Yet you read that the incidence of HIV/Aids in Kenya (where information is more readily available and the fight against the spread of  HIV/Aids in the gay community more concerted) is 35% among men who have sex with men. It stands to reason that the statistics are grimmer in Uganda where studies are stymied by government disinterest and, little to no coordination in the community.

The only professional study I have seen on the HIV scourge in the gay community in Uganda, the CDC’s Crane Survey Report (2008/9) suggests to me that we are sitting on a problem so serious as to make the effects of David Bahati’s proposed anti-gay legislation look like a walk in the park. If nothing is done on the HIV/Aids problem in the gay community, the 1.5% annual rise in the gay infections being reported countrywide will shoot to 5% and beyond – as surely as night follows day.

The HIV/Aids problem in the gay community in Uganda therefore needs to be made a much bigger priority than it is at the moment. It would be fair enough for the current faces of  the “they are killing us” message to argue that they neither have the time nor the competence to fight every battle.

That’s  why the Ugandans willing to fight the “HIV/Aids is killing gays”  fight should be actively encouraged to step up to lobby Uganda’s government and anyone else they think will listen. Our friends in America and elsewhere should also be encouraged by the already established representatives of ‘Gay Uganda’ to organize PR exercises for that message, too.

2012 gone – bring on 2013 9

2012 is behind us so it is time to think about what to expect in 2013. On occasions like this, it’s best to let one’s mind wander and not try to be terribly structured.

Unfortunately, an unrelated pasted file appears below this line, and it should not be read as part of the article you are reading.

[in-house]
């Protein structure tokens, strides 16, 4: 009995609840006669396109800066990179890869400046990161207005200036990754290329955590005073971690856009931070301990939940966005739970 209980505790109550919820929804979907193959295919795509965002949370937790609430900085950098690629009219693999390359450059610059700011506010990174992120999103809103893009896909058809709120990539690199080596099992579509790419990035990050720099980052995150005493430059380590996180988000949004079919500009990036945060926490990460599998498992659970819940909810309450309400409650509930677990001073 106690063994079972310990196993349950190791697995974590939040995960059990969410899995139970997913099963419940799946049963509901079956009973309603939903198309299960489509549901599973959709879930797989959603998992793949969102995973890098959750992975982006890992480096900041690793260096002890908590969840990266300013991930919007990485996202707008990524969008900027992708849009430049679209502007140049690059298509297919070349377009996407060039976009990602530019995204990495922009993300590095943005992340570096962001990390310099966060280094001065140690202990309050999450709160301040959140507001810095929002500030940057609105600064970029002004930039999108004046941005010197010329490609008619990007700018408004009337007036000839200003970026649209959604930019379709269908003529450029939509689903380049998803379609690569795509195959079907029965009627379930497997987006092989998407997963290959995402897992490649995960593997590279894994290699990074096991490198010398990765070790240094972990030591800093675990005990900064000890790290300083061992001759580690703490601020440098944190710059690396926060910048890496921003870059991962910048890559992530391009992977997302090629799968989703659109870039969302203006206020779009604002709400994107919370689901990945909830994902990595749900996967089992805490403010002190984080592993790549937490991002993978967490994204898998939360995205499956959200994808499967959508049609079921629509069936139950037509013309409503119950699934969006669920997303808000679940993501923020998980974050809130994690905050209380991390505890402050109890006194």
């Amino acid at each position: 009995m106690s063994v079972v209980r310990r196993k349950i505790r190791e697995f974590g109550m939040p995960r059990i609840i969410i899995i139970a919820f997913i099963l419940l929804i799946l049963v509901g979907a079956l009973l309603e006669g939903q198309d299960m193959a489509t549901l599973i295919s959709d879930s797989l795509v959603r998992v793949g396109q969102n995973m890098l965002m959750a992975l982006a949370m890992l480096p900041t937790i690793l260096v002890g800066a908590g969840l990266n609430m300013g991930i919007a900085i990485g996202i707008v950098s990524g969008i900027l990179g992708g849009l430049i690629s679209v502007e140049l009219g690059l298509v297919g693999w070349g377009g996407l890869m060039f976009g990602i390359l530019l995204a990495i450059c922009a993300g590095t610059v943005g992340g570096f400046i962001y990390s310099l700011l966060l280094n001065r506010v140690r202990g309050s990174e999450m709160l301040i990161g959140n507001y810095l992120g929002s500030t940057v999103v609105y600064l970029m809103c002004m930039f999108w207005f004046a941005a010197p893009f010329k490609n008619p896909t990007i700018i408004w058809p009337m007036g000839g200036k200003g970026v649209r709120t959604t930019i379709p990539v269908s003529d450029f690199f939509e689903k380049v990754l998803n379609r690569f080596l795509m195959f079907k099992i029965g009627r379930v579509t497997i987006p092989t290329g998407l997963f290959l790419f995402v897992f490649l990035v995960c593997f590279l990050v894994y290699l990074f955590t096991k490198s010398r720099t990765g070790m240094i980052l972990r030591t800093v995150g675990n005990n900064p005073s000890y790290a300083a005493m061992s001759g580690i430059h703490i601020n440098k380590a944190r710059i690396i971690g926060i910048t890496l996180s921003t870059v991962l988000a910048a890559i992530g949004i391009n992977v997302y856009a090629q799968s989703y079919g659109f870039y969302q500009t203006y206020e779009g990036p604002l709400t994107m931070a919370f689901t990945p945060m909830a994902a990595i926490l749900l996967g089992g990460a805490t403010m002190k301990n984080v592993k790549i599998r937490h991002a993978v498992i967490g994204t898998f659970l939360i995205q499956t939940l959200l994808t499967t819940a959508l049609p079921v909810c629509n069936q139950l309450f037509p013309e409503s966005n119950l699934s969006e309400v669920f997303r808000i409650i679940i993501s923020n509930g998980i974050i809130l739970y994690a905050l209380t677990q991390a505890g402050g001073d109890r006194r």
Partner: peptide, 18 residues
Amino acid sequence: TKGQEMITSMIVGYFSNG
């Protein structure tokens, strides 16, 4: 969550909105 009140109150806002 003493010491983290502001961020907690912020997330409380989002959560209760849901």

2012 is a year Uganda’s Speaker of Parliament, Rebecca Kadaga, will not look back on with unbridled pleasure. When she rose to the post of Speaker in 2011, Kadaga mounted and rode a wave of public disgruntlement against Yoweri Museveni’s tired, uncaring, thieving, bungling administration, and impressed even die-hard skeptics, such as yours truly, with her crusading zeal to put “country first.” Openly warring with Museveni’s Squealer-like puppet, Prime Minister Amama Mbabazi, Kadaga emboldened the ruling NRM caucus in Parliament and hitherto docile parliamentarians started asking pointed questions about their own government’s wanton corruption, fecklessness,  lack of new ideas and drift.

Kadaga was repelled by Mbabazi

Rebecca Kadaga was repelled by Amama Mbabazi

Alas, Kadaga then came a-cropper when she was lured into consorting with convicted felons over the Bahati [Nazi]Anti-Gay Bill. She promised the bill to Martin Ssempa who had just been convicted of fabricating sodomy evidence against a rival pastor – for Christmas – and then failed to deliver it. Thanks to events running away from Kadaga, time run out on the Bahati [Nazi) Bill in 2012, not least because the President, who we all know is against the bill, chose to use up an entire afternoon the bill could have been debated to indulge in ... gossip. Kadaga thus lost her last opportunity in 2012 to deliver her [Nazi] Christmas gift to Martin Ssempa and with it went her credibility where political maneuvering is concerned.